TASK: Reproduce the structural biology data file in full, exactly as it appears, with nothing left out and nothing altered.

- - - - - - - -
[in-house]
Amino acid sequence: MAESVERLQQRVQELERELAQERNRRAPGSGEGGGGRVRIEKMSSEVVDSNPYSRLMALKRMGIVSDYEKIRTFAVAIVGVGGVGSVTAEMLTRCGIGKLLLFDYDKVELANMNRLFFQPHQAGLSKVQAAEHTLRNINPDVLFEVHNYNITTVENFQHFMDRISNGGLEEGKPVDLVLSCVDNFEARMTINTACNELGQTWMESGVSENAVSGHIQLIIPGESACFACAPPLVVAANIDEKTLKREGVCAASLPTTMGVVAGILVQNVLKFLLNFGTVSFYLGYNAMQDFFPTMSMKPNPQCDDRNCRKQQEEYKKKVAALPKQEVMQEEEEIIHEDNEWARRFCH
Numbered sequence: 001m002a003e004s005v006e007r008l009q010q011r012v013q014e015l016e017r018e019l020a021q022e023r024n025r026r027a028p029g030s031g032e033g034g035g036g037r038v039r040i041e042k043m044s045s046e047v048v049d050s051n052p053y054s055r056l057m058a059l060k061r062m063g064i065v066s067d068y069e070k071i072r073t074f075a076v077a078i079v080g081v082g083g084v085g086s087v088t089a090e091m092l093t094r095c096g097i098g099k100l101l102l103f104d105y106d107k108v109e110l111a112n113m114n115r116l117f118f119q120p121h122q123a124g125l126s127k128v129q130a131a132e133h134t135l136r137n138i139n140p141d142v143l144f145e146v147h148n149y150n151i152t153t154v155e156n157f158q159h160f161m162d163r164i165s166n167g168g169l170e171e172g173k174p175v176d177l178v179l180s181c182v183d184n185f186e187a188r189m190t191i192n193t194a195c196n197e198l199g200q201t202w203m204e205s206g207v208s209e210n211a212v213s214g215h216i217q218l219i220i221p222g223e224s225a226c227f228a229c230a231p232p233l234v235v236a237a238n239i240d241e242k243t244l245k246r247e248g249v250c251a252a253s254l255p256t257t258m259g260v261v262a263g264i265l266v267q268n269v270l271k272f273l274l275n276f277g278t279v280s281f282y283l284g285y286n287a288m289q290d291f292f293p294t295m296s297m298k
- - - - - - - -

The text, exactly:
[in-house]
Amino acid sequence: MAESVERLQQRVQELERELAQERNRRAPGSGEGGGGRVRIEKMSSEVVDSNPYSRLMALKRMGIVSDYEKIRTFAVAIVGVGGVGSVTAEMLTRCGIGKLLLFDYDKVELANMNRLFFQPHQAGLSKVQAAEHTLRNINPDVLFEVHNYNITTVENFQHFMDRISNGGLEEGKPVDLVLSCVDNFEARMTINTACNELGQTWMESGVSENAVSGHIQLIIPGESACFACAPPLVVAANIDEKTLKREGVCAASLPTTMGVVAGILVQNVLKFLLNFGTVSFYLGYNAMQDFFPTMSMKPNPQCDDRNCRKQQEEYKKKVAALPKQEVMQEEEEIIHEDNEWARRFCH
Numbered sequence: 001m002a003e004s005v006e007r008l009q010q011r012v013q014e015l016e017r018e019l020a021q022e023r024n025r026r027a028p029g030s031g032e033g034g035g036g037r038v039r040i041e042k043m044s045s046e047v048v049d050s051n052p053y054s055r056l057m058a059l060k061r062m063g064i065v066s067d068y069e070k071i072r073t074f075a076v077a078i079v080g081v082g083g084v085g086s087v088t089a090e091m092l093t094r095c096g097i098g099k100l101l102l103f104d105y106d107k108v109e110l111a112n113m114n115r116l117f118f119q120p121h122q123a124g125l126s127k128v129q130a131a132e133h134t135l136r137n138i139n140p141d142v143l144f145e146v147h148n149y150n151i152t153t154v155e156n157f158q159h160f161m162d163r164i165s166n167g168g169l170e171e172g173k174p175v176d177l178v179l180s181c182v183d184n185f186e187a188r189m190t191i192n193t194a195c196n197e198l199g200q201t202w203m204e205s206g207v208s209e210n211a212v213s214g215h216i217q218l219i220i221p222g223e224s225a226c227f228a229c230a231p232p233l234v235v236a237a238n239i240d241e242k243t244l245k246r247e248g249v250c251a252a253s254l255p256t257t258m259g260v261v262a263g264i265l266v267q268n269v270l271k272f273l274l275n276f277g278t279v280s281f282y283l284g285y286n287a288m289q290d291f292f293p294t295m296s297m298k